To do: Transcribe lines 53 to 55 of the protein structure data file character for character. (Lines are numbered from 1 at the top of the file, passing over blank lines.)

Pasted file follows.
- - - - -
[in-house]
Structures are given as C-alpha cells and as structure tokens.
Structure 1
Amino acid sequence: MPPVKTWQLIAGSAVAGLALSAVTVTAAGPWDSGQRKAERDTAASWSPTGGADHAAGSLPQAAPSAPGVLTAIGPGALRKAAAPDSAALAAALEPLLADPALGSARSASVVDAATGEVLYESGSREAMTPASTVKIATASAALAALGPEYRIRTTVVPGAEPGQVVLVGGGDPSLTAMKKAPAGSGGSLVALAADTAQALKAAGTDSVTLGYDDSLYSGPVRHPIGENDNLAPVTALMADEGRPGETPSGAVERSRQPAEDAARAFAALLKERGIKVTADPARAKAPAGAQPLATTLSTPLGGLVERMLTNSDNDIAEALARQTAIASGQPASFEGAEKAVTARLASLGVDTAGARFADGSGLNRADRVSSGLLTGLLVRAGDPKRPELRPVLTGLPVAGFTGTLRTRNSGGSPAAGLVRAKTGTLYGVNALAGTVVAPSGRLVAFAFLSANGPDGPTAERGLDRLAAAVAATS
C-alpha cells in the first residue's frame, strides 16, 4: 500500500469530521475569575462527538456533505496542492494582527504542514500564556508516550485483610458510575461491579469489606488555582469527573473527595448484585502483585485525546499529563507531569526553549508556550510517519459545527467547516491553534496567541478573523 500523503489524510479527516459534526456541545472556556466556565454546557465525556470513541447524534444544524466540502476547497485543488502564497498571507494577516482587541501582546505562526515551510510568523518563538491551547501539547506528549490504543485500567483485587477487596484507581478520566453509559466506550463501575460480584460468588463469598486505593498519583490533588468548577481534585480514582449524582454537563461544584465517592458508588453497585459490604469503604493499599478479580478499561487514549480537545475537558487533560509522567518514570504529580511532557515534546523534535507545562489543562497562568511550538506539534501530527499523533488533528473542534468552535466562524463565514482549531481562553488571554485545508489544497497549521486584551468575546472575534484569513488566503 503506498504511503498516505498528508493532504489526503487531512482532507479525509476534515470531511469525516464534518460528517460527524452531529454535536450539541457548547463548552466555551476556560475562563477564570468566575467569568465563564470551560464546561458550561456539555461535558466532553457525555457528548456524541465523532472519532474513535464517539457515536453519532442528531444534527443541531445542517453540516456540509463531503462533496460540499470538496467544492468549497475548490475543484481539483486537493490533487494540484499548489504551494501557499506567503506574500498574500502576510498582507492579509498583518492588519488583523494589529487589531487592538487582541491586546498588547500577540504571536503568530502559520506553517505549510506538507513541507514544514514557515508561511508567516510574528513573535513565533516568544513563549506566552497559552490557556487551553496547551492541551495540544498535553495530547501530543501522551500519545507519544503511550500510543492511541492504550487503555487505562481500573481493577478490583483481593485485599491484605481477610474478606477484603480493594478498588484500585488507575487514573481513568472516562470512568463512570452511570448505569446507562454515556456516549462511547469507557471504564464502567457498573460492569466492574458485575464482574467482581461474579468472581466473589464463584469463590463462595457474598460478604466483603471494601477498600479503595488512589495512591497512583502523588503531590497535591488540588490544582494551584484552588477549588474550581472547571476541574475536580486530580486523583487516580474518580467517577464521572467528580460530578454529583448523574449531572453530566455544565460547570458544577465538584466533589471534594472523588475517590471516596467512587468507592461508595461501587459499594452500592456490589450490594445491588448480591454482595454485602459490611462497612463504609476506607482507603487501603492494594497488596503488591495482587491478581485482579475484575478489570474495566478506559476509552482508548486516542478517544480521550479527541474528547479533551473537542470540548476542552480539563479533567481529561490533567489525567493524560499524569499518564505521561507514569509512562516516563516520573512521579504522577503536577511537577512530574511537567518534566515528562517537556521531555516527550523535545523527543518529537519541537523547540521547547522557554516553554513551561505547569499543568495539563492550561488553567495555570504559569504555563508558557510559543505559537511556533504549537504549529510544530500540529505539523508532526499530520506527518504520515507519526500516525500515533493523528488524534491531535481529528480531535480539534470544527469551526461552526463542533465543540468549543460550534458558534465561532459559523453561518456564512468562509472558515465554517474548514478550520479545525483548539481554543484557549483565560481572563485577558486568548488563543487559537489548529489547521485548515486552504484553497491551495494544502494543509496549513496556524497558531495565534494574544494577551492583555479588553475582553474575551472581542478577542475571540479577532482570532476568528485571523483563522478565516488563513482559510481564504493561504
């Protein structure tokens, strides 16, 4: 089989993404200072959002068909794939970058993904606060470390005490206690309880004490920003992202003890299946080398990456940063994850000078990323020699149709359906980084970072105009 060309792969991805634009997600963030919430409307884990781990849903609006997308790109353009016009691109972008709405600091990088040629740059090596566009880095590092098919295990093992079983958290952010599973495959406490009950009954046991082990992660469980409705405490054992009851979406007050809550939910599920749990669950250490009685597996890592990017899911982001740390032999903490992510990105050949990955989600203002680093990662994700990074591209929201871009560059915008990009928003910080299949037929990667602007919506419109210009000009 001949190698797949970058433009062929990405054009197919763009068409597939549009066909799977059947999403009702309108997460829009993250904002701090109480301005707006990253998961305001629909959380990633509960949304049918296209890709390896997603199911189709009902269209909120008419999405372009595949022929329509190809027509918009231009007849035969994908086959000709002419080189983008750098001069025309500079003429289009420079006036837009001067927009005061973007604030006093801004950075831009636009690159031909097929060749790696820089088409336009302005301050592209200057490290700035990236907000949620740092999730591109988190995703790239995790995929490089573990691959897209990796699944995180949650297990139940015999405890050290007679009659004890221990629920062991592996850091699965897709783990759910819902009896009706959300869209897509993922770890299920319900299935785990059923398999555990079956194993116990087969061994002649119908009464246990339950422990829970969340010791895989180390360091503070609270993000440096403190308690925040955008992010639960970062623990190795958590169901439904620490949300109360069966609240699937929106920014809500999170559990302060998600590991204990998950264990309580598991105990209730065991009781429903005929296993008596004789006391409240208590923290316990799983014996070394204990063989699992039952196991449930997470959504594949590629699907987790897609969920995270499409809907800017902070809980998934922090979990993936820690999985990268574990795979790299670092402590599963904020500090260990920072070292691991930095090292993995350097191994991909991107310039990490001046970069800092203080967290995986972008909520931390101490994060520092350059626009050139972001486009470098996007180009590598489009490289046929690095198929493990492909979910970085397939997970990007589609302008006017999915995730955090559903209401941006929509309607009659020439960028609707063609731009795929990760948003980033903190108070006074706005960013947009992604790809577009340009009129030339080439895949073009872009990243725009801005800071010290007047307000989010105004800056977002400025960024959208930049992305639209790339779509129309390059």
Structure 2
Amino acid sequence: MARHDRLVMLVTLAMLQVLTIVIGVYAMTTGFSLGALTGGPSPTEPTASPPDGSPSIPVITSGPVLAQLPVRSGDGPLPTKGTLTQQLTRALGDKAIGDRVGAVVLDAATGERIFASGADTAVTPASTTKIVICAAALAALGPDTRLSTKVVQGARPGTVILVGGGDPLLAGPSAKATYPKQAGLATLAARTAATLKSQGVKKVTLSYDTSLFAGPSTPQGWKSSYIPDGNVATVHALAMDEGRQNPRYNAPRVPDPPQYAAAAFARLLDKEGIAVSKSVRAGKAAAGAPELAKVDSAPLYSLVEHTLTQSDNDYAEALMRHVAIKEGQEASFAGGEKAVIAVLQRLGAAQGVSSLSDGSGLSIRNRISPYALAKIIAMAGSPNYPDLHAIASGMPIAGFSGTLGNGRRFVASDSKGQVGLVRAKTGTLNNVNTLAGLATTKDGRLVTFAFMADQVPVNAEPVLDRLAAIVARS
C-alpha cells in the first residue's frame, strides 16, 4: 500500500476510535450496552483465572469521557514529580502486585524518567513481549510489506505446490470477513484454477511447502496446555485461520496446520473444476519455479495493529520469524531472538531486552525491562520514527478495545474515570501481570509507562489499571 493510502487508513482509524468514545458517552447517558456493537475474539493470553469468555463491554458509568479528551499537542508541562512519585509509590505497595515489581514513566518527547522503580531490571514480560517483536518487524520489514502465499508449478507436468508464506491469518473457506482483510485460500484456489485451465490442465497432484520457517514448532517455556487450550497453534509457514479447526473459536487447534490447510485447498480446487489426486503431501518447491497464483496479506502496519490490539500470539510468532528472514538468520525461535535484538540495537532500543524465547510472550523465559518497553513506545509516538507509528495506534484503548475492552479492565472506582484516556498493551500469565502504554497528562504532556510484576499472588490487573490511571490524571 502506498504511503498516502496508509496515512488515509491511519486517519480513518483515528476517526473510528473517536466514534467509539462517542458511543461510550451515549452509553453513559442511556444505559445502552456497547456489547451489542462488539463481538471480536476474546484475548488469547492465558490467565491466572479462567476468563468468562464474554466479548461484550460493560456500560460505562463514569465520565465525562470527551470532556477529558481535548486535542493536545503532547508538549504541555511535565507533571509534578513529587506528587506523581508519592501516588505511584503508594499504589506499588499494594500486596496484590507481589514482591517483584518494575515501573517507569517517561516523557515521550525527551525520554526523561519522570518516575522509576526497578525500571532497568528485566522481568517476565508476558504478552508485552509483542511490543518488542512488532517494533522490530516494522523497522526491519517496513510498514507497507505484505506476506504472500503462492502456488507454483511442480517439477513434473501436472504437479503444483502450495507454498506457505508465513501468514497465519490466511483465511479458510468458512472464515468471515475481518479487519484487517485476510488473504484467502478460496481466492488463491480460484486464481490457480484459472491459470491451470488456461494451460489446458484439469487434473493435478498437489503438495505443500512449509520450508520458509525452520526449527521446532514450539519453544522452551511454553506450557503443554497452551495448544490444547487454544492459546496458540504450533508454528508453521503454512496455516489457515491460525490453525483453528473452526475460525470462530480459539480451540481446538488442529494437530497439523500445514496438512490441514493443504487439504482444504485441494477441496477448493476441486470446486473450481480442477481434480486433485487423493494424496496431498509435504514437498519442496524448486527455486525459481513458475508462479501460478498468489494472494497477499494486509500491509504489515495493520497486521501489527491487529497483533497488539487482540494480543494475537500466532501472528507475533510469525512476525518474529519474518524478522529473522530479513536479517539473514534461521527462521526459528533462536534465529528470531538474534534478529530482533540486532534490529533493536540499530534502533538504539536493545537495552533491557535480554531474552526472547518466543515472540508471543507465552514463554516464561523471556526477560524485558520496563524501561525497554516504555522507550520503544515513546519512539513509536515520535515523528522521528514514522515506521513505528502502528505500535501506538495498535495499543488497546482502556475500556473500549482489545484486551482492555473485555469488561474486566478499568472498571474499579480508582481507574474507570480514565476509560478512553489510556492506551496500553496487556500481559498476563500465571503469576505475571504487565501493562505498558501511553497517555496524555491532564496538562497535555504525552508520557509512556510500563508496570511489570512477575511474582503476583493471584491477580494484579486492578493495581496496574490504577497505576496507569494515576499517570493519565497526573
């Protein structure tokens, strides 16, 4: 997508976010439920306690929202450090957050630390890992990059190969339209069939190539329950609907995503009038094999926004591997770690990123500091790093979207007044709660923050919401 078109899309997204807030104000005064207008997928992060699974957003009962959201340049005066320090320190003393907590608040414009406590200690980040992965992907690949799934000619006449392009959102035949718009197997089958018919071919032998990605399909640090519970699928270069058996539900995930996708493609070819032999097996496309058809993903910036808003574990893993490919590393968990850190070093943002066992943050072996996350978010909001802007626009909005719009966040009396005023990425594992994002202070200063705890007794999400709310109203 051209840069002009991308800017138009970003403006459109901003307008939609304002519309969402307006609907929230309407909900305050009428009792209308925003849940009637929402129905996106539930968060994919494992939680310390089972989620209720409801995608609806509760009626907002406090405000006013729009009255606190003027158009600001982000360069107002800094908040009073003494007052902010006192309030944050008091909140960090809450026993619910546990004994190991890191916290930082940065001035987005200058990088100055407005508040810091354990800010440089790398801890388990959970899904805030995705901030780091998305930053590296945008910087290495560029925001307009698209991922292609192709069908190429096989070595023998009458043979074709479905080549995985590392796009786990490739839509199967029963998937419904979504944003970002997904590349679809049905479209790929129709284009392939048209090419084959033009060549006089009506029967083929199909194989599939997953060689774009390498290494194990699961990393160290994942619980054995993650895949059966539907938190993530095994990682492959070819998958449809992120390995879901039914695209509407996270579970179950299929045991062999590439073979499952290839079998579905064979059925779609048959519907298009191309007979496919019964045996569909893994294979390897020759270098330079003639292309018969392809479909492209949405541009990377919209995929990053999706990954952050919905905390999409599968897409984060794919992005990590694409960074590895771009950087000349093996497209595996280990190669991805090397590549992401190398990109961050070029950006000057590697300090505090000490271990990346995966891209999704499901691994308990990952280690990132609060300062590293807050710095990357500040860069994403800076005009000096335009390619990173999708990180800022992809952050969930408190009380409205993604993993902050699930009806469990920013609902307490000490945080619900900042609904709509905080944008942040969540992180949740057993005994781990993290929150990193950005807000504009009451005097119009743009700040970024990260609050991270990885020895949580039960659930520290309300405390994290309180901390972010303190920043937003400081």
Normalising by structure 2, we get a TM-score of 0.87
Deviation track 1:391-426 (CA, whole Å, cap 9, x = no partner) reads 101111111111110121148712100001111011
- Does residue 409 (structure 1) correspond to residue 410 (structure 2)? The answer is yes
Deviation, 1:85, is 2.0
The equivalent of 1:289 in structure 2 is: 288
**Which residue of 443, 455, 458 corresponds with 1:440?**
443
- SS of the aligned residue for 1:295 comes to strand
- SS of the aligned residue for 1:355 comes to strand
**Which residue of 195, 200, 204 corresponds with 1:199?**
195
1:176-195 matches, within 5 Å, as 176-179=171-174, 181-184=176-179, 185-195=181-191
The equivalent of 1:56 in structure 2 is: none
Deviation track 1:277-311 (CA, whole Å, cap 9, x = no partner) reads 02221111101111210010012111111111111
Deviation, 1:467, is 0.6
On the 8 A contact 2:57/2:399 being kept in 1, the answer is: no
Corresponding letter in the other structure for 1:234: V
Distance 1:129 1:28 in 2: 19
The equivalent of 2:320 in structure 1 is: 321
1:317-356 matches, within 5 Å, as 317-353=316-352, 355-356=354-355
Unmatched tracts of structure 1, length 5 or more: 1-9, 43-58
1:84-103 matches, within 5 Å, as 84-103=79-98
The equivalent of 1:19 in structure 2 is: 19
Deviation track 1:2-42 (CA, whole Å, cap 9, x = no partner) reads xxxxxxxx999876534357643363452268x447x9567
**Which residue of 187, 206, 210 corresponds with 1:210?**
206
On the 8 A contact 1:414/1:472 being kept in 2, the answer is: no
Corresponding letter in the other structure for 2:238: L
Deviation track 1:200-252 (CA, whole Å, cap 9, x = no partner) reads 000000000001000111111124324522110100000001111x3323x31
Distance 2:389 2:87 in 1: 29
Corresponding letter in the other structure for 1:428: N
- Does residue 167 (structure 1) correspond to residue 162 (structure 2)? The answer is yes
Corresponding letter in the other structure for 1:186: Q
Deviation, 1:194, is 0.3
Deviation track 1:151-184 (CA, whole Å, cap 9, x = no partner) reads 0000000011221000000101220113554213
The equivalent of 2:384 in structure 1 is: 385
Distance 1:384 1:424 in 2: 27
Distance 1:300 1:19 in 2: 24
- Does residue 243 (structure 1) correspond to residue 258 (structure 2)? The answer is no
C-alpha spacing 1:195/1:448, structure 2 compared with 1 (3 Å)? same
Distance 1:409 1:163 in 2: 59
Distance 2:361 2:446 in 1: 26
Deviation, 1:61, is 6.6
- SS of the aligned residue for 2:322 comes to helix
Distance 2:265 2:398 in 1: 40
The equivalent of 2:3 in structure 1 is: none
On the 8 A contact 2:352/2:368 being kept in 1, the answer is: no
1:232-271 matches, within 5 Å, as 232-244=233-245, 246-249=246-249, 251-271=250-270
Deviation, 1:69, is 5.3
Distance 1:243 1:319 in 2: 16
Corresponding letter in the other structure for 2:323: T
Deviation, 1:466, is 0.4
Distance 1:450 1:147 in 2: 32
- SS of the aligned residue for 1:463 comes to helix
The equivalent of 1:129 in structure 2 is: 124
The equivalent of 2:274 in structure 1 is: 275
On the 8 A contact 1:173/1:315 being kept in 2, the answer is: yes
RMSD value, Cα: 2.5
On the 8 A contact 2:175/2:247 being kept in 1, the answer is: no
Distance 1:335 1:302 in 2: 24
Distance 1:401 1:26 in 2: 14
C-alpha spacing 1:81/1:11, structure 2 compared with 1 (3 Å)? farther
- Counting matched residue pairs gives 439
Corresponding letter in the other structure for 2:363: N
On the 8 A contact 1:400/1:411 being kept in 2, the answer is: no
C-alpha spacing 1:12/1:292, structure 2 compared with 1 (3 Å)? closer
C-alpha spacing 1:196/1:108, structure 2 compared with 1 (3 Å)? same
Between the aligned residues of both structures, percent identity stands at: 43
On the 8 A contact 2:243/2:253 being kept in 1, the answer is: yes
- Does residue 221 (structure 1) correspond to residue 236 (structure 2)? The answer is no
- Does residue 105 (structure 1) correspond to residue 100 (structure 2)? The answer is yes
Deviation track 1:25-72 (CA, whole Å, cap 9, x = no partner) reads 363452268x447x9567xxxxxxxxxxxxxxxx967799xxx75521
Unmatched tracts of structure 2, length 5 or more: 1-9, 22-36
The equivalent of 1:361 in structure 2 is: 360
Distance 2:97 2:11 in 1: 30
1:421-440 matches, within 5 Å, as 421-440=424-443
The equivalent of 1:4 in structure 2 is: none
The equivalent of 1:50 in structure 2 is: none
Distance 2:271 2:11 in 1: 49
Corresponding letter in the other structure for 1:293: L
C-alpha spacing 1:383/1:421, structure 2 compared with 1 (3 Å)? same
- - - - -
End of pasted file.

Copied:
Deviation, 1:61, is 6.6
- SS of the aligned residue for 2:322 comes to helix
Distance 2:265 2:398 in 1: 40